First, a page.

WASHINGTON — While calls for universal health care are beginning to be heard in the 2008 presidential campaign, some prominent medical experts and their supporters are trying to focus attention on what they say is the real source of runaway health spending — chronic diseases.
They're making some headway with leading Democrats and even with a couple of Republican candidates who oppose government-run universal health care, and curbing chronic diseases is emerging as a new issue in health care politics.
Long-term chronic ailments such as diabetes, heart disease, obesity and cancer account for 75 percent of U.S. health care expenditures and seven of 10 deaths. Yet chronic-disease sufferers get only 56 percent of the recommended preventative care they need. And many of their ailments are preventable.
If these patients were treated in a more proactive fashion, experts say, the country could save $100 billion to $125 billion a year in health-care spending — enough to cover many of the 46 million uninsured.
For years, Kenneth Thorpe, a noted health economist, has tried with varied success to make policymakers understand that logic.
A deputy assistant secretary for health policy in the Clinton administration, he said that most politicians are clueless about the connection between chronic disease and medical spending. Two-thirds of rising health-care spending is linked to adults with chronic conditions, and the doubling of the adult obesity rate since 1980 accounts for 30 percent of that spending growth, Thorpe said.
He's having better luck of late after teaming with former U.S. Surgeon General Dr. Richard Carmona and former Medicare administrator Mark McClellan to launch the Partnership to Fight Chronic Disease.
The bipartisan partnership, a national coalition of health, business and civic interest groups, is working in the early primary and caucus states of South Carolina, New Hampshire and Iowa to ensure that presidential candidates feature chronic-disease prevention and management in their health care platforms.
Thorpe, the group's executive director, said that health care changes should focus on making coverage less expensive and covering the uninsured. Candidates in the last two presidential elections focused only on the latter, he said.
"We're trying to jump-start the debate about health care reform in a more productive way that doesn't just initially go into the political bickering over how to pay for it," said Thorpe, who chairs the Department of Health Policy at Emory University in Atlanta.
"If you can reduce the share of adults that have chronic conditions and better manage those with chronic conditions to keep them out of hospitals and out of doctors' offices, you can reduce spending and make coverage more affordable."
Thorpe has consulted with the staffs of the three leading Democratic candidates, and all appear to have heeded his message.
Sen. Barack Obama, D-Ill., told supporters on July 20 in Hampton, N.H., that better preventative care, such as reimbursements for wellness programs, coupled with better management of chronic diseases, could help save up to $125 billion a year.
"We can take that money and use it to make sure every single American has high-quality health care by the end of my first term as president," Obama said.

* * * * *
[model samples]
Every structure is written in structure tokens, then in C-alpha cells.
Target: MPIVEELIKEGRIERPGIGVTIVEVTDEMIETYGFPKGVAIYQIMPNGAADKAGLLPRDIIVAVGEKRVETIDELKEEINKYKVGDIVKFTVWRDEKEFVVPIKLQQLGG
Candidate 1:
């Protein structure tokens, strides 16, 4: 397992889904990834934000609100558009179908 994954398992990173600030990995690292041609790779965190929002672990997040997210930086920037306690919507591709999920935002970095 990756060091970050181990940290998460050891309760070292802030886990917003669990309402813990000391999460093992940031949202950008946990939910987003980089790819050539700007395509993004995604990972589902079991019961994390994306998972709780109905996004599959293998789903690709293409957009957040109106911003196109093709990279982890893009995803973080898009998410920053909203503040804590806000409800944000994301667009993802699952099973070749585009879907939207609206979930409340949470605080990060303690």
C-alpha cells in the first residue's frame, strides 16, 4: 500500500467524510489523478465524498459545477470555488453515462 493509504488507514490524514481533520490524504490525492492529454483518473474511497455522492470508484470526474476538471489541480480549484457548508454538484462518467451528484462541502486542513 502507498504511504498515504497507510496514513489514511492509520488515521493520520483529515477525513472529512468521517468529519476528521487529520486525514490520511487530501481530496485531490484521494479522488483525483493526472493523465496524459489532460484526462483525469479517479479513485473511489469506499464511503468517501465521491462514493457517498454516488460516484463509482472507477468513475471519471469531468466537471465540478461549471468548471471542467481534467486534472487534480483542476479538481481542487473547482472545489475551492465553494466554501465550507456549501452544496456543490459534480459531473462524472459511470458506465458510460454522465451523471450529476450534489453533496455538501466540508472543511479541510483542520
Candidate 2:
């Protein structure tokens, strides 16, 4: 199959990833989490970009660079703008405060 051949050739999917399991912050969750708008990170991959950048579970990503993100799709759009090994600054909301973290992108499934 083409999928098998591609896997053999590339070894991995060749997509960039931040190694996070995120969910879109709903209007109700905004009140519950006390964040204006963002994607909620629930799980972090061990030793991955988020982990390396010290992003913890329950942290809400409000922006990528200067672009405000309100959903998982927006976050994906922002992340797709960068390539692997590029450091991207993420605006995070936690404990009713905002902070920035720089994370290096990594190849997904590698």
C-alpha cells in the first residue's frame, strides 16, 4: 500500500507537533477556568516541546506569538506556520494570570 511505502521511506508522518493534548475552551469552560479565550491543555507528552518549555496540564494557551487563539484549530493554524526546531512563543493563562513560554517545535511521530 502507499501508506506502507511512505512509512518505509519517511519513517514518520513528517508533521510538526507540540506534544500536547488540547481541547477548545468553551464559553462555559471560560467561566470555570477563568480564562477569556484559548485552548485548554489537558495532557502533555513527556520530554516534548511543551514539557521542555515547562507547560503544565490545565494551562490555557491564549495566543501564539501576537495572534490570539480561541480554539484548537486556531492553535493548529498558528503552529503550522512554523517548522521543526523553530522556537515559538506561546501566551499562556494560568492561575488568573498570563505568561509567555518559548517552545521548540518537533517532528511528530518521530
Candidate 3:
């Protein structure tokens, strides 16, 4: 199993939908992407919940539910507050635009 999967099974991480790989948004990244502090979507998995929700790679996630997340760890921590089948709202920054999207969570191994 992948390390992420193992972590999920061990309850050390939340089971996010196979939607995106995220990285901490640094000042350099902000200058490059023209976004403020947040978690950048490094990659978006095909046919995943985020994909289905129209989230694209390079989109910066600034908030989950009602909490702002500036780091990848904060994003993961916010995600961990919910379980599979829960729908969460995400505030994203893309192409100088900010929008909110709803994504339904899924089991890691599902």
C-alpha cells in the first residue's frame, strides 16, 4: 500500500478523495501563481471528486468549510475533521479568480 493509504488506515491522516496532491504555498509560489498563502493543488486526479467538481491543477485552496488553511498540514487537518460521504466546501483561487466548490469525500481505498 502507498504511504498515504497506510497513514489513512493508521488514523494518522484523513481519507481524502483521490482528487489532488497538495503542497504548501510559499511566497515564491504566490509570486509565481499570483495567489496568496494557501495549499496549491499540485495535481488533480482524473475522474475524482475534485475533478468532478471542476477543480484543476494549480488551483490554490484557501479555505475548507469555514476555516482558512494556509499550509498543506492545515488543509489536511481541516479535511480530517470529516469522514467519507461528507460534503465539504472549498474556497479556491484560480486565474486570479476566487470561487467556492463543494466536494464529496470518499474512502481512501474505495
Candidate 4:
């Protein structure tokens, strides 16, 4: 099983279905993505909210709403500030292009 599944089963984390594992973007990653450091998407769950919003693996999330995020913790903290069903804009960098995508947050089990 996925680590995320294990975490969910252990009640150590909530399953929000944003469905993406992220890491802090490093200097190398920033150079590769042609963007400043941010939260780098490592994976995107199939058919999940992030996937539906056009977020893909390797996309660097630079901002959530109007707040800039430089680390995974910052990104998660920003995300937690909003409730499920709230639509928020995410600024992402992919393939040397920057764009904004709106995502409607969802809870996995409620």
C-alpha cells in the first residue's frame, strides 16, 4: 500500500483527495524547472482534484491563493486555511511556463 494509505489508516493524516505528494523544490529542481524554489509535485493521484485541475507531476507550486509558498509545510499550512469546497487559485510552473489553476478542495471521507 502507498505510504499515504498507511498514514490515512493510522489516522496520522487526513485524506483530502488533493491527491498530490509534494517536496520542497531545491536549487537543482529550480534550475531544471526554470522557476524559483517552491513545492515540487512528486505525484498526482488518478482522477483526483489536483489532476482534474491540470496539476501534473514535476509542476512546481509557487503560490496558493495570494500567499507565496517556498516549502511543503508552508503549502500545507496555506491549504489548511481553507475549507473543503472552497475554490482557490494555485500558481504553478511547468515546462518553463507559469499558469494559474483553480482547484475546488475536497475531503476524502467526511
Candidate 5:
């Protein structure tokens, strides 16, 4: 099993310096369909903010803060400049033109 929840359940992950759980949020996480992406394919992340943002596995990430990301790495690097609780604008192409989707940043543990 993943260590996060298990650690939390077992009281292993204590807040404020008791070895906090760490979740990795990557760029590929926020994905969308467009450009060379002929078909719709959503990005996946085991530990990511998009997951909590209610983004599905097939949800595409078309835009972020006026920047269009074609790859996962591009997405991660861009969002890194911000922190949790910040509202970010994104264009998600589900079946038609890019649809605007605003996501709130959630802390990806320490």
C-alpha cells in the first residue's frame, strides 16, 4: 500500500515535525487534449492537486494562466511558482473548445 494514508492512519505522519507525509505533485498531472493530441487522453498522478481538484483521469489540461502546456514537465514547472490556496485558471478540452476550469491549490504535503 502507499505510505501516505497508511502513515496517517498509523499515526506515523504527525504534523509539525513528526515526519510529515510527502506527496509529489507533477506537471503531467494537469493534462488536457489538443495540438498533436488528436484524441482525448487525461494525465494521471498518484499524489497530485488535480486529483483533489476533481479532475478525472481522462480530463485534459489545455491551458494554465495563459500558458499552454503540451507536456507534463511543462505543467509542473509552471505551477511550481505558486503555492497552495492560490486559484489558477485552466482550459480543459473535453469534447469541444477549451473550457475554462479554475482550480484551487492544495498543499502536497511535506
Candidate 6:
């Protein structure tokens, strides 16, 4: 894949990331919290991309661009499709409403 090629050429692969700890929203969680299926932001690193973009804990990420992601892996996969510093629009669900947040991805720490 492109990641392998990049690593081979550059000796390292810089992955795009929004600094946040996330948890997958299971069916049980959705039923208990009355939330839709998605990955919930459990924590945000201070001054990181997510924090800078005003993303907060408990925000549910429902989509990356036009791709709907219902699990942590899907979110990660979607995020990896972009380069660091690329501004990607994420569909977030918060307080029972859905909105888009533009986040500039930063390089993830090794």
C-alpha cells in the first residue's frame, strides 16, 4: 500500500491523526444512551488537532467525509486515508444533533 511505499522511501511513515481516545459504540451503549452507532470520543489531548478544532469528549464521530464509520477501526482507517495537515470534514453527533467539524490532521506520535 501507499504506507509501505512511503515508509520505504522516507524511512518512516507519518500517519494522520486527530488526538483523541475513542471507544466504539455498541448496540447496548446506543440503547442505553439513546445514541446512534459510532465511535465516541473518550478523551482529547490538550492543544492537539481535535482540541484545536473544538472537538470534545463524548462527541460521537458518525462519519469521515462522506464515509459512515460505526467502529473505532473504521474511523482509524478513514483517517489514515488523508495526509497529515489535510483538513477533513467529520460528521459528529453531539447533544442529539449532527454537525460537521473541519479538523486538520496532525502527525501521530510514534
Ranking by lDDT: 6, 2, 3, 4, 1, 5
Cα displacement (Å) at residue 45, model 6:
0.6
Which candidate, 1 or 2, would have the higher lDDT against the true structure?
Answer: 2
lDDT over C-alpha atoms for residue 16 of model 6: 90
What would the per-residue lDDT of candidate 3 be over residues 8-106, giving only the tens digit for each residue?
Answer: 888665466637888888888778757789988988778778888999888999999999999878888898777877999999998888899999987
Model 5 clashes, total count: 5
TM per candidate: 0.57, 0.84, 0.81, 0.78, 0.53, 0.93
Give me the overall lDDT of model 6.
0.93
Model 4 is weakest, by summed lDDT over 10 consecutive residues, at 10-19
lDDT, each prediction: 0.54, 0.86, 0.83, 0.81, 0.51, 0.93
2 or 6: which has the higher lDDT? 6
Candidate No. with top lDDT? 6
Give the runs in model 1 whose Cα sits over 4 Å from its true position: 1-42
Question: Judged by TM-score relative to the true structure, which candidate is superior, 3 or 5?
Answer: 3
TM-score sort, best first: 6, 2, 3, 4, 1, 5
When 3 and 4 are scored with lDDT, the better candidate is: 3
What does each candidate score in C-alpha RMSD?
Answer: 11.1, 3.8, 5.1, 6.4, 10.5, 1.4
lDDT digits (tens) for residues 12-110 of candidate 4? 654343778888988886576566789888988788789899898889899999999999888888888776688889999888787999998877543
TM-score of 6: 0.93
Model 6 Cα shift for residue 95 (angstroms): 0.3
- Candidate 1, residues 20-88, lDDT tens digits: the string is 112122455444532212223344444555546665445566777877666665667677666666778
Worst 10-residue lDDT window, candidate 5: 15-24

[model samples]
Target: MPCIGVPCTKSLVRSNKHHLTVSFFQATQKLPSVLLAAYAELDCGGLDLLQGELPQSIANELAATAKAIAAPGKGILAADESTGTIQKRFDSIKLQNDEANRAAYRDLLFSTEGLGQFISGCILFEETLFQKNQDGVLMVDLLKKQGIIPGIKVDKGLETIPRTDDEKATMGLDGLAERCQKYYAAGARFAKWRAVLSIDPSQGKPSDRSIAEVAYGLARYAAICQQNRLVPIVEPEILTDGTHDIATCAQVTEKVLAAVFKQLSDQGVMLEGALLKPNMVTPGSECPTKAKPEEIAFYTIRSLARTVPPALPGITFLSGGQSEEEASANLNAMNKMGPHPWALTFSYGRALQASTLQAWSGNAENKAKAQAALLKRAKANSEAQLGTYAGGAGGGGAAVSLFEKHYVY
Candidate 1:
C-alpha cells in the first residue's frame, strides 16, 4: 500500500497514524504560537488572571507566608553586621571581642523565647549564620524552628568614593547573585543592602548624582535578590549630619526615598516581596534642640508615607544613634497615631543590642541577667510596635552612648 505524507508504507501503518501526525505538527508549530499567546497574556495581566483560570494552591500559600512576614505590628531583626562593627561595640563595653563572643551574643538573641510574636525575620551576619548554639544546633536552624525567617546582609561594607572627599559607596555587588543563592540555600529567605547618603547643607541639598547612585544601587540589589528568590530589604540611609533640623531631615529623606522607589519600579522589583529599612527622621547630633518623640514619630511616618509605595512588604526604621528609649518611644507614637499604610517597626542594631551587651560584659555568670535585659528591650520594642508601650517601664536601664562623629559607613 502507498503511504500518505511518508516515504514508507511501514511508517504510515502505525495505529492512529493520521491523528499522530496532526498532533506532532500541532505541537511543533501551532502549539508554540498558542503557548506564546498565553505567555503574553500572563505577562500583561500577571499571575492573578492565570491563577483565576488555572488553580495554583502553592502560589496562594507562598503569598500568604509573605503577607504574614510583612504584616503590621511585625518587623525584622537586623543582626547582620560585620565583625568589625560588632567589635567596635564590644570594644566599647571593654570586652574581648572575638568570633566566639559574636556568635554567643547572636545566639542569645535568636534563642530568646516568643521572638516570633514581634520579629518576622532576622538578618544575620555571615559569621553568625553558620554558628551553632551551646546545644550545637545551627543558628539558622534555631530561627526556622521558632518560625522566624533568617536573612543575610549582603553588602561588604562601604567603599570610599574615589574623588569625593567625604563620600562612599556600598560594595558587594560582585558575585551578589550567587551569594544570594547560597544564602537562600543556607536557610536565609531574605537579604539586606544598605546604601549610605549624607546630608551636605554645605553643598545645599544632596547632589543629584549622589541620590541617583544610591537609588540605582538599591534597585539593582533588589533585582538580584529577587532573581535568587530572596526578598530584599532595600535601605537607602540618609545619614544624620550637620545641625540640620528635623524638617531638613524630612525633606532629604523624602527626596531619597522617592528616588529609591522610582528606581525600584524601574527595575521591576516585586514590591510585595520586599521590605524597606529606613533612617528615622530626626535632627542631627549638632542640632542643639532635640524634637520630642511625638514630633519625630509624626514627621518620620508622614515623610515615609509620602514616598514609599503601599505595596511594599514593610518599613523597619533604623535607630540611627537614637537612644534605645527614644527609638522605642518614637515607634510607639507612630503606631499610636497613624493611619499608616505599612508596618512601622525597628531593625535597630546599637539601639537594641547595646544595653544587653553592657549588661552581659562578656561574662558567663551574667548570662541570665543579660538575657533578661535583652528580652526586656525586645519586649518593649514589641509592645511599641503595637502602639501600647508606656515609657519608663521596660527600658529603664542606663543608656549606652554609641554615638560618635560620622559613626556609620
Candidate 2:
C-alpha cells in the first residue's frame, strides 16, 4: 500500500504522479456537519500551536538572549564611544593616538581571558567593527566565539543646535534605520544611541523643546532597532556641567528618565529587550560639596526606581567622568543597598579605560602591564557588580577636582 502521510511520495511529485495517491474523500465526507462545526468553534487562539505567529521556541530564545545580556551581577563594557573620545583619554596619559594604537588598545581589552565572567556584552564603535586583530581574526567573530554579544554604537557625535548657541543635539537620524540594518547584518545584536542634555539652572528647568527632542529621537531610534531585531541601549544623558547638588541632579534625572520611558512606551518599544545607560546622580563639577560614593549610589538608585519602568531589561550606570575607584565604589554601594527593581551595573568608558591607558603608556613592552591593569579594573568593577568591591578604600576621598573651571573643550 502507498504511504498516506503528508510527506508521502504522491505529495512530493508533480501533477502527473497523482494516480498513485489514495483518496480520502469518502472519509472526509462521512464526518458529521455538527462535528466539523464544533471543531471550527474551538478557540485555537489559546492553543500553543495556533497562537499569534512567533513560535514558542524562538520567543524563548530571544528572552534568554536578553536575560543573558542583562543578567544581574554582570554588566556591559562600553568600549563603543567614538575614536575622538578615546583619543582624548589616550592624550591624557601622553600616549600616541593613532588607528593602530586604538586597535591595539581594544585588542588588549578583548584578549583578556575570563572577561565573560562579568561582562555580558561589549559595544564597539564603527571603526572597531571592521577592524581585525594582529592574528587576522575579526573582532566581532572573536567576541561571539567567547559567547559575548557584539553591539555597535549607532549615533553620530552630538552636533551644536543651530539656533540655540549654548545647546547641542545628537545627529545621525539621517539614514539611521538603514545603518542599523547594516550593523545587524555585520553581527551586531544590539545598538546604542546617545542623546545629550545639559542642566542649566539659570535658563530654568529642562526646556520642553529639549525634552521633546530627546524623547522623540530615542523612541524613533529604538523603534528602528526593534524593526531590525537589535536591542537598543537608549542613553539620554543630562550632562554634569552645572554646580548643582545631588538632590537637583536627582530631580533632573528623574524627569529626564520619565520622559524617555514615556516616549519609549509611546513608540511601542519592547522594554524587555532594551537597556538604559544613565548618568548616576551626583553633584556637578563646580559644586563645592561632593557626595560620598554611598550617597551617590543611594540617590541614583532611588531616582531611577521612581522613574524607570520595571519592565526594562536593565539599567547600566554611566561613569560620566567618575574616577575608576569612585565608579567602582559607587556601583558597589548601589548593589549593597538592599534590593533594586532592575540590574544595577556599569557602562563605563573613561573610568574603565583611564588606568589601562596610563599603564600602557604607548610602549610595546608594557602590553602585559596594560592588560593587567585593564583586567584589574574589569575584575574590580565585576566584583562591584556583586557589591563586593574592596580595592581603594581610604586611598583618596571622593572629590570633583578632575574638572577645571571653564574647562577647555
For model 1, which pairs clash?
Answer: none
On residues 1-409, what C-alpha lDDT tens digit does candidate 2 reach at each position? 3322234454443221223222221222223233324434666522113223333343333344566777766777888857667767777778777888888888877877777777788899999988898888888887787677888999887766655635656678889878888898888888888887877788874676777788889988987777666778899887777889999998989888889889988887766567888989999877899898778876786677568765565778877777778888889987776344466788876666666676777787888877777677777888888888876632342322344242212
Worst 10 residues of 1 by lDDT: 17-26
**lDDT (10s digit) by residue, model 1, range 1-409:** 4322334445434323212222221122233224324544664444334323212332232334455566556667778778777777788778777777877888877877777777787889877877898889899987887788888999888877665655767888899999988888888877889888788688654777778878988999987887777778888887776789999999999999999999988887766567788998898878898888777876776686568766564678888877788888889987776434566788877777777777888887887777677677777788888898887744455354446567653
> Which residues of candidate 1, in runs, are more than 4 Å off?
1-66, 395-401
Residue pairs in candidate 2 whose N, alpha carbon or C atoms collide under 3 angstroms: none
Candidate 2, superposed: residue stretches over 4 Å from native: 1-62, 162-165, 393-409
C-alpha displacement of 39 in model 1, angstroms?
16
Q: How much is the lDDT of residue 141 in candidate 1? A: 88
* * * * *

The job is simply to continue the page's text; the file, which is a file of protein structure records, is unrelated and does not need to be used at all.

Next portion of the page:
Sen. Hillary Clinton's health care modernization strategy draws liberally from the partnership's themes and targets unmanaged chronic illnesses as a major driver of health costs. Clinton would require all insurers participating in federal programs to cover preventative services and provide incentives for participation in chronic-care management programs.
Former Sen. John Edwards' health proposal also calls for investments in preventive care and improved treatment of chronic diseases.
Republican candidates Tommy Thompson and Mike Huckabee, who oppose government-run universal coverage, have stressed the importance of better chronic care.
"We don't need universal health care mandated by federal edict or funding through ever-higher taxes," Huckabee says in a video on his campaign Web site. "But what we do need to get serious about is preventative health care instead of just chasing more and more dollars to treat chronic disease that's often avoidable."
Because the partnership's nonpartisan message has resonated with Republicans and Democrats, the group has been able to build state-level support across the political spectrum.
"I've been fighting the health care battle in Iowa for a number of years, and I never imagined I'd be partnering with people in the Republican Party. But if you can find common ground with unusual partners on an issue as important as wellness and prevention of chronic illness, how great is that?" said Sarah Swisher, the vice chair of the Iowa Democratic Party. She's the co-chair with former Republican Gov. Terry Branstad of the Iowa Partnership to Fight Chronic Disease.
Group members have shadowed visiting candidates and pressed them to address their concerns. They're also encouraging interested groups and voters to join their call for new approaches to chronic diseases. The group has bought newspaper and radio ads and plans more extensive media use as the race heats up.
The partnership's work was on display Monday night in the Democratic presidential debate in Charleston, S.C., when 30-year-old Charity Woods posed a poignant online question to the candidates.
After explaining that both of her grandmothers were diabetics who died of massive heart attacks, Woods, a partnership volunteer, said that her mother also has diabetes and has already suffered a heart attack.
"What I'd like to know is, how do each of you plan on addressing chronic disease and preventive health in your health care plans?" Woods asked. "I'd like my mother to be around to see her grandchildren."
ON THE WEB
For more information about the Partnership to Fight Chronic Disease, go to www.fightchronicdisease.org